When we consider emergency preparedness, it’s critical to take our pets into account. During any animal emergency, your best bet is to bring your pet to your veterinarian as soon as possible. Yet some situations may require you to provide support until you reach professional help. Here are a few common scenarios.
A vomiting pet
Just like humans, pets can experience occasional stomach upset. If your dog or cat isn’t showing any other signs of illness:
- Fast him for 24 hours (water only)
- Slowly introduce small portions of bland foods—like boiled chicken and rice—up to four times daily
- Monitor your pet closely
- If the vomiting continues, call our office
A seizing pet
Seizures can be terrifying to witness. If you see your pet having a seizure:
- Keep him from injuring himself or others by moving objects and other pets away
- Do not move the seizing pet unless he is too close to a harmful object that can’t be moved
- Keep hands and fingers away from your pet’s face—a seizing pet is likely to bite and clamp down hard involuntarily
- Record a description of the seizure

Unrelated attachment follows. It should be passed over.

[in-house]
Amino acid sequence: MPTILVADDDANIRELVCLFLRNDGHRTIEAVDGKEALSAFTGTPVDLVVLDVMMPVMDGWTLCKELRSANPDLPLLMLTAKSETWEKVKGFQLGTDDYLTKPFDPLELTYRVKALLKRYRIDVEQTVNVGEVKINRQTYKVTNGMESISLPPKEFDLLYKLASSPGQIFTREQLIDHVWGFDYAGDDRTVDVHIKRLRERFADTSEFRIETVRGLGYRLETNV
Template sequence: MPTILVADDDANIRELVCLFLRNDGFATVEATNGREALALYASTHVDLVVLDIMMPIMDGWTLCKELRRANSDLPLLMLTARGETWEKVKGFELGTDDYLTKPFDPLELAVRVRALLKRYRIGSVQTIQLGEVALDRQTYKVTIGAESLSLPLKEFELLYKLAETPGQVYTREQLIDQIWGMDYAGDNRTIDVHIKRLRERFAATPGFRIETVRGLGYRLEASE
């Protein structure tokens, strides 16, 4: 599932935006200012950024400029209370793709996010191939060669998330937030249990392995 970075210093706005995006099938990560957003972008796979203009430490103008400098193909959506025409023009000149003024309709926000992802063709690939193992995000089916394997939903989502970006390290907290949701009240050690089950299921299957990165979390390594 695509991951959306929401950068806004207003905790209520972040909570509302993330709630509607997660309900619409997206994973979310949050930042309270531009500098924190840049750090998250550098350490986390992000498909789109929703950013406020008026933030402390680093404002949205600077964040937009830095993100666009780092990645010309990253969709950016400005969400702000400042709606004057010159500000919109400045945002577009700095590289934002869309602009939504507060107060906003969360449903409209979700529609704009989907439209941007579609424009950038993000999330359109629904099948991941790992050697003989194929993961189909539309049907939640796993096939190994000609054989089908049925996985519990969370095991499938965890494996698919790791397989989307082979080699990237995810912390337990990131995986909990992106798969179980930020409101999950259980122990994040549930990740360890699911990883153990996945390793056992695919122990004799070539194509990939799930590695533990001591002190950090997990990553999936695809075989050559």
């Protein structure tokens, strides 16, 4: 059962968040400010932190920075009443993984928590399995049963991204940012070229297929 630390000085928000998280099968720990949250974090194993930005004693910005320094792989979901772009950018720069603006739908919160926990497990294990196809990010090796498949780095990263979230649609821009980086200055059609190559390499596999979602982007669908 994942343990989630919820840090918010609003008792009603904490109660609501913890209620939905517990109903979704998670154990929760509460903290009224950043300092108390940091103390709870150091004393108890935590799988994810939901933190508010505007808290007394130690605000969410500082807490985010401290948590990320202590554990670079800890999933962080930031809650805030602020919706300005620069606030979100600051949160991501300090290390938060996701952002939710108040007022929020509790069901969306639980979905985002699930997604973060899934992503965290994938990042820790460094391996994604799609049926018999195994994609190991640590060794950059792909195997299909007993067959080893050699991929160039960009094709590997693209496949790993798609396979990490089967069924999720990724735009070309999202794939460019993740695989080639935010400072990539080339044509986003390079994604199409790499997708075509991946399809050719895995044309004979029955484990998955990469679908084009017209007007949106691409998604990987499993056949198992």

- How long did it last?
- What was happening when it began?
- How did your pet act after it ended?
- Once your pet has recovered, keep him warm and calm and contact us right away
A bleeding pet
Don’t let the red stuff freak you out too much. If your pet is bleeding:
- Clean the wound with a mild antibacterial soap, rinse, and dry well
- Allow a clot to form by applying pressure to the wound with a clean towel for at least 3 minutes
- If your pet’s nail is bleeding, you can use cornstarch to slow or stop the bleeding (this only works on nails, not skin wounds)
- Contact us immediately if the bleeding persists
There are many other health emergencies your pet could face. Keep our phone number in your contacts so you can get the help you need quickly. We can be reached at 704-672-5590.